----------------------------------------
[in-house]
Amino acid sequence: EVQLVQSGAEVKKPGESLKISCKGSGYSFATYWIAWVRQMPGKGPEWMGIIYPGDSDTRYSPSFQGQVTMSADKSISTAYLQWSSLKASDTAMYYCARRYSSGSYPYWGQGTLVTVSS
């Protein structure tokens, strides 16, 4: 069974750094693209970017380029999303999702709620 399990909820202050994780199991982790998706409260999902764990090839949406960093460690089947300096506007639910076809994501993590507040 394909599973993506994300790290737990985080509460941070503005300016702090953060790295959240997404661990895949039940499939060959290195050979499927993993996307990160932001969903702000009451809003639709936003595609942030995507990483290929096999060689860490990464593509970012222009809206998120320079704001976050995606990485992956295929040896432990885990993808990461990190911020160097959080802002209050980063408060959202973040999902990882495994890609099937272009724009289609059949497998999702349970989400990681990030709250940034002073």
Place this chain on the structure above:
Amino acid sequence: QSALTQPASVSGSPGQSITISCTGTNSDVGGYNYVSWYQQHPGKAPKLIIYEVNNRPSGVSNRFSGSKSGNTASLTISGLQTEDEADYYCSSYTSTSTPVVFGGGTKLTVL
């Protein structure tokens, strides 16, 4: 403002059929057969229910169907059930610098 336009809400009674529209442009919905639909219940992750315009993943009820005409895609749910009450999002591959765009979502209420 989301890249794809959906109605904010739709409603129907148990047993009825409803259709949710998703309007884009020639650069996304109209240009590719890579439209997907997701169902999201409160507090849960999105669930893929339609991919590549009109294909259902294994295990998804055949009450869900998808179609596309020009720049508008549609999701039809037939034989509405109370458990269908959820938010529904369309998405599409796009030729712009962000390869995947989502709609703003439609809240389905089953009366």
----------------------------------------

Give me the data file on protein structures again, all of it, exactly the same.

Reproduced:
[in-house]
Amino acid sequence: EVQLVQSGAEVKKPGESLKISCKGSGYSFATYWIAWVRQMPGKGPEWMGIIYPGDSDTRYSPSFQGQVTMSADKSISTAYLQWSSLKASDTAMYYCARRYSSGSYPYWGQGTLVTVSS
């Protein structure tokens, strides 16, 4: 069974750094693209970017380029999303999702709620 399990909820202050994780199991982790998706409260999902764990090839949406960093460690089947300096506007639910076809994501993590507040 394909599973993506994300790290737990985080509460941070503005300016702090953060790295959240997404661990895949039940499939060959290195050979499927993993996307990160932001969903702000009451809003639709936003595609942030995507990483290929096999060689860490990464593509970012222009809206998120320079704001976050995606990485992956295929040896432990885990993808990461990190911020160097959080802002209050980063408060959202973040999902990882495994890609099937272009724009289609059949497998999702349970989400990681990030709250940034002073």
Place this chain on the structure above:
Amino acid sequence: QSALTQPASVSGSPGQSITISCTGTNSDVGGYNYVSWYQQHPGKAPKLIIYEVNNRPSGVSNRFSGSKSGNTASLTISGLQTEDEADYYCSSYTSTSTPVVFGGGTKLTVL
């Protein structure tokens, strides 16, 4: 403002059929057969229910169907059930610098 336009809400009674529209442009919905639909219940992750315009993943009820005409895609749910009450999002591959765009979502209420 989301890249794809959906109605904010739709409603129907148990047993009825409803259709949710998703309007884009020639650069996304109209240009590719890579439209997907997701169902999201409160507090849960999105669930893929339609991919590549009109294909259902294994295990998804055949009450869900998808179609596309020009720049508008549609999701039809037939034989509405109370458990269908959820938010529904369309998405599409796009030729712009962000390869995947989502709609703003439609809240389905089953009366």